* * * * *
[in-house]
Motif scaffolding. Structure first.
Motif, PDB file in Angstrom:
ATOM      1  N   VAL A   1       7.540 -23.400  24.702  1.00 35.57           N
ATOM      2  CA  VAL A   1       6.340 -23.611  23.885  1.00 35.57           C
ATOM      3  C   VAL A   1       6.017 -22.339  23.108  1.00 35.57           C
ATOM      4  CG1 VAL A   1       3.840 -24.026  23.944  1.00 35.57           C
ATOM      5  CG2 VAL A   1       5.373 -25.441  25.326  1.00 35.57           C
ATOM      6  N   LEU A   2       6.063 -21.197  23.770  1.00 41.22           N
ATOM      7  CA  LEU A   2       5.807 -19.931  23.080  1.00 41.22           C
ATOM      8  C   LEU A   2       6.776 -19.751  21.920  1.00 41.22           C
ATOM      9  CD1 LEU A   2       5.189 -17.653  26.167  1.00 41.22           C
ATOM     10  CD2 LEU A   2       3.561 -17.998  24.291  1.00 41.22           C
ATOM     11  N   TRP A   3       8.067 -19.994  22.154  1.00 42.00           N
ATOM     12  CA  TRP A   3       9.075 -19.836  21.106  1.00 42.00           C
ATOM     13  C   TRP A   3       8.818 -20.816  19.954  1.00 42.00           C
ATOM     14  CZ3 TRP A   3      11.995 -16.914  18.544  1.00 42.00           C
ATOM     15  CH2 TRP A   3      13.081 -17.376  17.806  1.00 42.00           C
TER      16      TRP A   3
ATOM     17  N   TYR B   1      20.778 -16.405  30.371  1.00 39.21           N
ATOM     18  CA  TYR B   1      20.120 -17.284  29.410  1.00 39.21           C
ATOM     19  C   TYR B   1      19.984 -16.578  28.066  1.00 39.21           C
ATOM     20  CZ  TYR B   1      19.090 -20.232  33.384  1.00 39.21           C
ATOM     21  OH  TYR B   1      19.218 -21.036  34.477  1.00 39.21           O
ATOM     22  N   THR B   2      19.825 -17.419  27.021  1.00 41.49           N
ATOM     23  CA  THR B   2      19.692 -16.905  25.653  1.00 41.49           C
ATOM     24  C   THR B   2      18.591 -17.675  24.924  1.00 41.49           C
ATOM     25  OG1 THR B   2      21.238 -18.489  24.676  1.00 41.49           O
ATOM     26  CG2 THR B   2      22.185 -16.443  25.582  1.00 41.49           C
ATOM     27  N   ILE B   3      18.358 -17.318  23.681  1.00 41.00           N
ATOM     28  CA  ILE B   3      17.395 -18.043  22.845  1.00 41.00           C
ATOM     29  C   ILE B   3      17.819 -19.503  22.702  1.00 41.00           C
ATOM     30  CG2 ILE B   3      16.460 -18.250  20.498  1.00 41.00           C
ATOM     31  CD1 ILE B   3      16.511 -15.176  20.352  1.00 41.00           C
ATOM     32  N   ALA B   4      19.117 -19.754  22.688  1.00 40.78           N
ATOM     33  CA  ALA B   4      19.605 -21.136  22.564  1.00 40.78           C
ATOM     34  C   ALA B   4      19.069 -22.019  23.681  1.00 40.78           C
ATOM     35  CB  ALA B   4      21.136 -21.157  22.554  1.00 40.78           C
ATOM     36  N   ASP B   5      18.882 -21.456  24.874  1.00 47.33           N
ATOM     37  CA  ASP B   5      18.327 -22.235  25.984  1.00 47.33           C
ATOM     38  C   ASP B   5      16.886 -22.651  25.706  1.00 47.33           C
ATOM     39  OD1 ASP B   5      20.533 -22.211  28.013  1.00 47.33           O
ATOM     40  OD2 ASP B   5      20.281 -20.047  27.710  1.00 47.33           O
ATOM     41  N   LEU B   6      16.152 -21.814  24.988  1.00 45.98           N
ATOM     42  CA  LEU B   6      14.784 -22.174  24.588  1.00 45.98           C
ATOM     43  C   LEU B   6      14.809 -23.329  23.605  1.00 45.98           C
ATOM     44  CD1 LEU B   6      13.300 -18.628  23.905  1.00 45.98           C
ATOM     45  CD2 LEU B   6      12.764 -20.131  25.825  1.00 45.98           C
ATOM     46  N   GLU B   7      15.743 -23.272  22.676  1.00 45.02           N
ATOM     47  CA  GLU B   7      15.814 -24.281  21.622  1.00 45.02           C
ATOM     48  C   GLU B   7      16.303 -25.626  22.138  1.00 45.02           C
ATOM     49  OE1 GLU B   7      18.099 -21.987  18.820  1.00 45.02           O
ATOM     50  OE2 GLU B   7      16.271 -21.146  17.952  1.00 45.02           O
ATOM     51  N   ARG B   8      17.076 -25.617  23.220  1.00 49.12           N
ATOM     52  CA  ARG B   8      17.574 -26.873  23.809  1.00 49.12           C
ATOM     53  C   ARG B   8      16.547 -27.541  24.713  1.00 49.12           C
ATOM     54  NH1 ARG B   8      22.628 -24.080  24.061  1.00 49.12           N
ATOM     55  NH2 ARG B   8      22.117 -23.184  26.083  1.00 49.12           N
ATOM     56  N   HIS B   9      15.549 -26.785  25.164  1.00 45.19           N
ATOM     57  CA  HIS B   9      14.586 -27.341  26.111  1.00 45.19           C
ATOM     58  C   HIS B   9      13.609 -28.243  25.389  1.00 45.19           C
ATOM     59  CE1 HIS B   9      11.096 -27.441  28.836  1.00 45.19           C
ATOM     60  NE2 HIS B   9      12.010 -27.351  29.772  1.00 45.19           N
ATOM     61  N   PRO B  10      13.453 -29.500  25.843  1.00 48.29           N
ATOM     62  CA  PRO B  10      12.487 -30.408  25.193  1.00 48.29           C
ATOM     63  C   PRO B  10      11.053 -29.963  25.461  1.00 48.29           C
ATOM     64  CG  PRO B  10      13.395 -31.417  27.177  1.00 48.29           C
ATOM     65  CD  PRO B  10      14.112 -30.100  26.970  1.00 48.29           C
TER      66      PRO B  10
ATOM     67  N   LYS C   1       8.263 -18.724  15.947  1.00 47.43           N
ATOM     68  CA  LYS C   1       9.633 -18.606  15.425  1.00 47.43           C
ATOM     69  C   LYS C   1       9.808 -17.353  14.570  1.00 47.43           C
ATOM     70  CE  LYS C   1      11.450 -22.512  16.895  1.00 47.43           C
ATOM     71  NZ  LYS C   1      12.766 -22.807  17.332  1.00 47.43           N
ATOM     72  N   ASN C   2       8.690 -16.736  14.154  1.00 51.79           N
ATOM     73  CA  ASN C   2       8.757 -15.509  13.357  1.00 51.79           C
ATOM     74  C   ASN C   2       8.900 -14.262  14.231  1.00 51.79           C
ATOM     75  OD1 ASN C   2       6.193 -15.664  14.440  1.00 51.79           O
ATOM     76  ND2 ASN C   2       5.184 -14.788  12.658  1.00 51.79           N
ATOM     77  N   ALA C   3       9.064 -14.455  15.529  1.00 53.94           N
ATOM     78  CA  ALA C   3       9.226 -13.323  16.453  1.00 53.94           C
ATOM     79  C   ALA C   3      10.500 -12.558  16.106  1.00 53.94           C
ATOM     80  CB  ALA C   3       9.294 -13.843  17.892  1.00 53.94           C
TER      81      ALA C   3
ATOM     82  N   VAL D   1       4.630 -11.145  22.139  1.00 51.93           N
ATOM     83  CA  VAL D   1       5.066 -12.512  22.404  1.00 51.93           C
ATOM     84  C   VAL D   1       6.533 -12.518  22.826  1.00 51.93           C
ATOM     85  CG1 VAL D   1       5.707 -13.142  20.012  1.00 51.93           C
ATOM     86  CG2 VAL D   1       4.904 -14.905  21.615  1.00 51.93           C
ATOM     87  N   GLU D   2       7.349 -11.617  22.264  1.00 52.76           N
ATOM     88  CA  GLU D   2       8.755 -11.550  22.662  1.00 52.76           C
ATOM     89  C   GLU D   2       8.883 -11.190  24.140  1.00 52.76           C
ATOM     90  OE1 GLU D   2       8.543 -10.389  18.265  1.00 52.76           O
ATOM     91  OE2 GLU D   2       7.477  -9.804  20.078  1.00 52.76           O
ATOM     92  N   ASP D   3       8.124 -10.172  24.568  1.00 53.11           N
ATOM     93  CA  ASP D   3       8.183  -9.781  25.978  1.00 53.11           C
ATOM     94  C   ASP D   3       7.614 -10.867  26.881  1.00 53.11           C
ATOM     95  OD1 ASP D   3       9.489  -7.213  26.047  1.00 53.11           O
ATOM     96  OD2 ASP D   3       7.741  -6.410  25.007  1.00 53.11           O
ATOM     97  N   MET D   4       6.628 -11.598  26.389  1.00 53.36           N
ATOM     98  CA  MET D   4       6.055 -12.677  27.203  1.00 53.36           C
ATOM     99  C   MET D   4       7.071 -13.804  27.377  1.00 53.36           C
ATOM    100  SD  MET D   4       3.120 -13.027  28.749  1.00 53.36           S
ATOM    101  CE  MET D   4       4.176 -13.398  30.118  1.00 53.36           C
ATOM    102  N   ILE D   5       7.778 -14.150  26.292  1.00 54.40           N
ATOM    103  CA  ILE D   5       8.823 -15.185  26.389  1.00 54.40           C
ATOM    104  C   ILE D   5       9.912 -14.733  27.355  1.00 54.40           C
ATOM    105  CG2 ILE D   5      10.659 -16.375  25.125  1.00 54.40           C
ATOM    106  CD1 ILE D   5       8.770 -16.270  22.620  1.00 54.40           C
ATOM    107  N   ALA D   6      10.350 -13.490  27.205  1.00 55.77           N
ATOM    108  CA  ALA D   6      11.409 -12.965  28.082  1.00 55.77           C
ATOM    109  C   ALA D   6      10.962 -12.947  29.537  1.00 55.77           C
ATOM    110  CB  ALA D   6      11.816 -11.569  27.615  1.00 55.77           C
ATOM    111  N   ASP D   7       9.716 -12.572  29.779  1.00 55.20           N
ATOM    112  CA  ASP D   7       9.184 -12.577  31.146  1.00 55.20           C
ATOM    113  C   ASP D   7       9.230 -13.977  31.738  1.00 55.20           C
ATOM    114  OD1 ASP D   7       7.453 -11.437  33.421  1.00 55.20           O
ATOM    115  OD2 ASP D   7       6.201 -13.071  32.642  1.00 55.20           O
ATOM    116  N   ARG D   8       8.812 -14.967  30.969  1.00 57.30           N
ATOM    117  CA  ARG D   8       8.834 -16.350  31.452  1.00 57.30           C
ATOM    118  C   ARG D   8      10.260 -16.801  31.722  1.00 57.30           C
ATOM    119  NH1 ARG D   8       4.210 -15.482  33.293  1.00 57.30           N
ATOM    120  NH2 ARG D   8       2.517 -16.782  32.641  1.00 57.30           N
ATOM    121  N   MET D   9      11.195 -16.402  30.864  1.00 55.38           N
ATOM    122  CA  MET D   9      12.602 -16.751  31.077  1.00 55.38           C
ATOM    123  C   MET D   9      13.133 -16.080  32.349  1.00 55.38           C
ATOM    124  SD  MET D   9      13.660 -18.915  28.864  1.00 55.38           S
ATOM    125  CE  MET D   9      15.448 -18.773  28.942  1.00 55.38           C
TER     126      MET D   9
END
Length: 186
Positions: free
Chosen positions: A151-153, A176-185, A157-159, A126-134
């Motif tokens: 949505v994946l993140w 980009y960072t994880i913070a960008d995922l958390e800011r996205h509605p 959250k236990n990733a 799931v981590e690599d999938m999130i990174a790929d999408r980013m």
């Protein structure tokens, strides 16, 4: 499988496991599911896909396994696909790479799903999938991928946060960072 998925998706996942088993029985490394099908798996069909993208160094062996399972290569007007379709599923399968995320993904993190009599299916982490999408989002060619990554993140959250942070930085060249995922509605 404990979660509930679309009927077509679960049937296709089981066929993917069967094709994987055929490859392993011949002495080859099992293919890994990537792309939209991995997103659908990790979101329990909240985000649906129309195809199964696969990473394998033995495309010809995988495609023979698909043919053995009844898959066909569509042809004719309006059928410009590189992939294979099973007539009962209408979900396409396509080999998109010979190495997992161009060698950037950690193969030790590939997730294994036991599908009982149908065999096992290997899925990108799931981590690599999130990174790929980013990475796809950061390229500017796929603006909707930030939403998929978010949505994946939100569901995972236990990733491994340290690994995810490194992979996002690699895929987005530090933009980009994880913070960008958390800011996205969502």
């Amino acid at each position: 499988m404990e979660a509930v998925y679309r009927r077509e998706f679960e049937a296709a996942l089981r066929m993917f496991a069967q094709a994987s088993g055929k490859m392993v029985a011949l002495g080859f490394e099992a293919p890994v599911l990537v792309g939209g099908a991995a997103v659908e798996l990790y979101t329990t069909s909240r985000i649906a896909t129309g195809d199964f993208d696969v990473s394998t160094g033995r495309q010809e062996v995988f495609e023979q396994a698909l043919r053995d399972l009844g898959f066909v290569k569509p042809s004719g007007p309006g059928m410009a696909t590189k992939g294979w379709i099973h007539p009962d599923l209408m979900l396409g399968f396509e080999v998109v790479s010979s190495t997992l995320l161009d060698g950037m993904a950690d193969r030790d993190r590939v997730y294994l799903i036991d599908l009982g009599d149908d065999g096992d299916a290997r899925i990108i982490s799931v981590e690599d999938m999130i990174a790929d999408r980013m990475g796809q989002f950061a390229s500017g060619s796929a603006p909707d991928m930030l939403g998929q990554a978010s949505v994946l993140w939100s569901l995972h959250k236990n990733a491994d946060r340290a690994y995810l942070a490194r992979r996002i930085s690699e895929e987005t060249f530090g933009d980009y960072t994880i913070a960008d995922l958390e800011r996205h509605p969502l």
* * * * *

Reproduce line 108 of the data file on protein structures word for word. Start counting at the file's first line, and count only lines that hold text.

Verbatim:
ATOM    105  CG2 ILE D   5      10.659 -16.375  25.125  1.00 54.40           C